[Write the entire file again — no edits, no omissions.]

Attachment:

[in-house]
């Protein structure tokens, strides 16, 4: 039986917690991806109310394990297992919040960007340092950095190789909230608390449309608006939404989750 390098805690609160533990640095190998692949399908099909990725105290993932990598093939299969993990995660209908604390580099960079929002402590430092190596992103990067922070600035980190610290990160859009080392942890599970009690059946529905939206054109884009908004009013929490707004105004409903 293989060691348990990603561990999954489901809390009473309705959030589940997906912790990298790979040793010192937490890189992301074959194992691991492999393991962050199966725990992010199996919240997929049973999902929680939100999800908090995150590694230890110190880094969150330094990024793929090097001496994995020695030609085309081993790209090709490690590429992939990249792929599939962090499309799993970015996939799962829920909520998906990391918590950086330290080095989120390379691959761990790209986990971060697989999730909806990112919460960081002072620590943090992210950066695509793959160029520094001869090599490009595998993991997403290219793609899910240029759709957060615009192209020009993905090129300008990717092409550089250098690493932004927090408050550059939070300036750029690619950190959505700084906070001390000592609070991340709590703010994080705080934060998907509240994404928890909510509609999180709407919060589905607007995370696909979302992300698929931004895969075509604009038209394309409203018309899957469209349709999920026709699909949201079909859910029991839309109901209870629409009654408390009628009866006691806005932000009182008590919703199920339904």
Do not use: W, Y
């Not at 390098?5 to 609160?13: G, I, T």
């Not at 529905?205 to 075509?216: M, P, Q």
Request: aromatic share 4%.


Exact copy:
[in-house]
């Protein structure tokens, strides 16, 4: 039986917690991806109310394990297992919040960007340092950095190789909230608390449309608006939404989750 390098805690609160533990640095190998692949399908099909990725105290993932990598093939299969993990995660209908604390580099960079929002402590430092190596992103990067922070600035980190610290990160859009080392942890599970009690059946529905939206054109884009908004009013929490707004105004409903 293989060691348990990603561990999954489901809390009473309705959030589940997906912790990298790979040793010192937490890189992301074959194992691991492999393991962050199966725990992010199996919240997929049973999902929680939100999800908090995150590694230890110190880094969150330094990024793929090097001496994995020695030609085309081993790209090709490690590429992939990249792929599939962090499309799993970015996939799962829920909520998906990391918590950086330290080095989120390379691959761990790209986990971060697989999730909806990112919460960081002072620590943090992210950066695509793959160029520094001869090599490009595998993991997403290219793609899910240029759709957060615009192209020009993905090129300008990717092409550089250098690493932004927090408050550059939070300036750029690619950190959505700084906070001390000592609070991340709590703010994080705080934060998907509240994404928890909510509609999180709407919060589905607007995370696909979302992300698929931004895969075509604009038209394309409203018309899957469209349709999920026709699909949201079909859910029991839309109901209870629409009654408390009628009866006691806005932000009182008590919703199920339904």
Do not use: W, Y
């Not at 390098?5 to 609160?13: G, I, T």
């Not at 529905?205 to 075509?216: M, P, Q």
Request: aromatic share 4%.